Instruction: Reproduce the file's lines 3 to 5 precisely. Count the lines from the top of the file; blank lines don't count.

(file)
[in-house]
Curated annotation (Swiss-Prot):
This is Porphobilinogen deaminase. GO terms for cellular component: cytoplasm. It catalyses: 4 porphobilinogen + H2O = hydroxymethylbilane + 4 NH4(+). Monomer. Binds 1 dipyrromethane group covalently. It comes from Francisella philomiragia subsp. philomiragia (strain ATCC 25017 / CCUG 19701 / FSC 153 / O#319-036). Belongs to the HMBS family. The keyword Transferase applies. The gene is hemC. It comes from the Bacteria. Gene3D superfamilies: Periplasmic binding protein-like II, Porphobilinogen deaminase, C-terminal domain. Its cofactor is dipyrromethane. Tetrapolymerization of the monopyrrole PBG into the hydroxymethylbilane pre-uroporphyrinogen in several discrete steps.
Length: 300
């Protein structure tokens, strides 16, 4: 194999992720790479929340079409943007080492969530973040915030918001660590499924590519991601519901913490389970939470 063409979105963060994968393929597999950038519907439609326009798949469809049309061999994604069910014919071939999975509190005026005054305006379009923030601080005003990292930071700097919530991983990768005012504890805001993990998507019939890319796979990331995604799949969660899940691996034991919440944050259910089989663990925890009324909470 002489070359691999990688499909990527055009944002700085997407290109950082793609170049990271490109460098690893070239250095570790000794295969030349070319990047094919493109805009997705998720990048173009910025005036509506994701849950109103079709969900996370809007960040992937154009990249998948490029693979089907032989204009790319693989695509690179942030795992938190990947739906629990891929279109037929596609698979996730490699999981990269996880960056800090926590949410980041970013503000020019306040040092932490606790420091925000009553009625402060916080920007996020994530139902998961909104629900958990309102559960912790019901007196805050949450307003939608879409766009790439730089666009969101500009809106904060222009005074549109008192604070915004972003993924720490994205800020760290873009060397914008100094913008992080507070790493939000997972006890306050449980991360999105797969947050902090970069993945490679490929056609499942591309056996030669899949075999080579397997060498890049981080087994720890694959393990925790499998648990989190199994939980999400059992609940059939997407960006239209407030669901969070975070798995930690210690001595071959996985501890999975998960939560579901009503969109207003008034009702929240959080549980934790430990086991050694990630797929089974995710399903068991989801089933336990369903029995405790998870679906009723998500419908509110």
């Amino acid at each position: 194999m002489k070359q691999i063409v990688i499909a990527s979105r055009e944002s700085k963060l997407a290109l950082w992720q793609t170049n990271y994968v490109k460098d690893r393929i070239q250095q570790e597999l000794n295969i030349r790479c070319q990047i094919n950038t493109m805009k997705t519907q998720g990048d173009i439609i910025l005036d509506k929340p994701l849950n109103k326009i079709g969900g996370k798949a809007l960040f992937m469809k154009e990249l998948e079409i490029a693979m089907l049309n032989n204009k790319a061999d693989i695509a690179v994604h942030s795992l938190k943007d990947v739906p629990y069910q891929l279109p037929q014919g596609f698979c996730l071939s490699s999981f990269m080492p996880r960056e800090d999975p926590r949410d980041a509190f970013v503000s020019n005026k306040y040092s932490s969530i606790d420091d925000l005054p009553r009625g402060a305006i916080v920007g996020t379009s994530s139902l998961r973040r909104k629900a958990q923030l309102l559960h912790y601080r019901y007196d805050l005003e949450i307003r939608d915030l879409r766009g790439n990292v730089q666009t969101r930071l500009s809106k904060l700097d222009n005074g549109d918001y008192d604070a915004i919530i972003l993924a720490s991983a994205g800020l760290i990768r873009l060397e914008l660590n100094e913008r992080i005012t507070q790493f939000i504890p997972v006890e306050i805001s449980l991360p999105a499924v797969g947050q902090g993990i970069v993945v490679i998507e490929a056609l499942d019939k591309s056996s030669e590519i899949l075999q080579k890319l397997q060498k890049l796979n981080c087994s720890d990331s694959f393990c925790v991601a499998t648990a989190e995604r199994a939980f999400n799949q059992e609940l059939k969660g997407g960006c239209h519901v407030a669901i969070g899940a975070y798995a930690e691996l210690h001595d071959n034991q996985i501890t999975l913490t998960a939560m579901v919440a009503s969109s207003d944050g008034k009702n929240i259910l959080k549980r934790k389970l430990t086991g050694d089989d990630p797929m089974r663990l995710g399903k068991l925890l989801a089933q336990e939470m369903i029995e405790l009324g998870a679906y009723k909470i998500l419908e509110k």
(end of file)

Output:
This is Porphobilinogen deaminase. GO terms for cellular component: cytoplasm. It catalyses: 4 porphobilinogen + H2O = hydroxymethylbilane + 4 NH4(+). Monomer. Binds 1 dipyrromethane group covalently. It comes from Francisella philomiragia subsp. philomiragia (strain ATCC 25017 / CCUG 19701 / FSC 153 / O#319-036). Belongs to the HMBS family. The keyword Transferase applies. The gene is hemC. It comes from the Bacteria. Gene3D superfamilies: Periplasmic binding protein-like II, Porphobilinogen deaminase, C-terminal domain. Its cofactor is dipyrromethane. Tetrapolymerization of the monopyrrole PBG into the hydroxymethylbilane pre-uroporphyrinogen in several discrete steps.
Length: 300
């Protein structure tokens, strides 16, 4: 194999992720790479929340079409943007080492969530973040915030918001660590499924590519991601519901913490389970939470 063409979105963060994968393929597999950038519907439609326009798949469809049309061999994604069910014919071939999975509190005026005054305006379009923030601080005003990292930071700097919530991983990768005012504890805001993990998507019939890319796979990331995604799949969660899940691996034991919440944050259910089989663990925890009324909470 002489070359691999990688499909990527055009944002700085997407290109950082793609170049990271490109460098690893070239250095570790000794295969030349070319990047094919493109805009997705998720990048173009910025005036509506994701849950109103079709969900996370809007960040992937154009990249998948490029693979089907032989204009790319693989695509690179942030795992938190990947739906629990891929279109037929596609698979996730490699999981990269996880960056800090926590949410980041970013503000020019306040040092932490606790420091925000009553009625402060916080920007996020994530139902998961909104629900958990309102559960912790019901007196805050949450307003939608879409766009790439730089666009969101500009809106904060222009005074549109008192604070915004972003993924720490994205800020760290873009060397914008100094913008992080507070790493939000997972006890306050449980991360999105797969947050902090970069993945490679490929056609499942591309056996030669899949075999080579397997060498890049981080087994720890694959393990925790499998648990989190199994939980999400059992609940059939997407960006239209407030669901969070975070798995930690210690001595071959996985501890999975998960939560579901009503969109207003008034009702929240959080549980934790430990086991050694990630797929089974995710399903068991989801089933336990369903029995405790998870679906009723998500419908509110």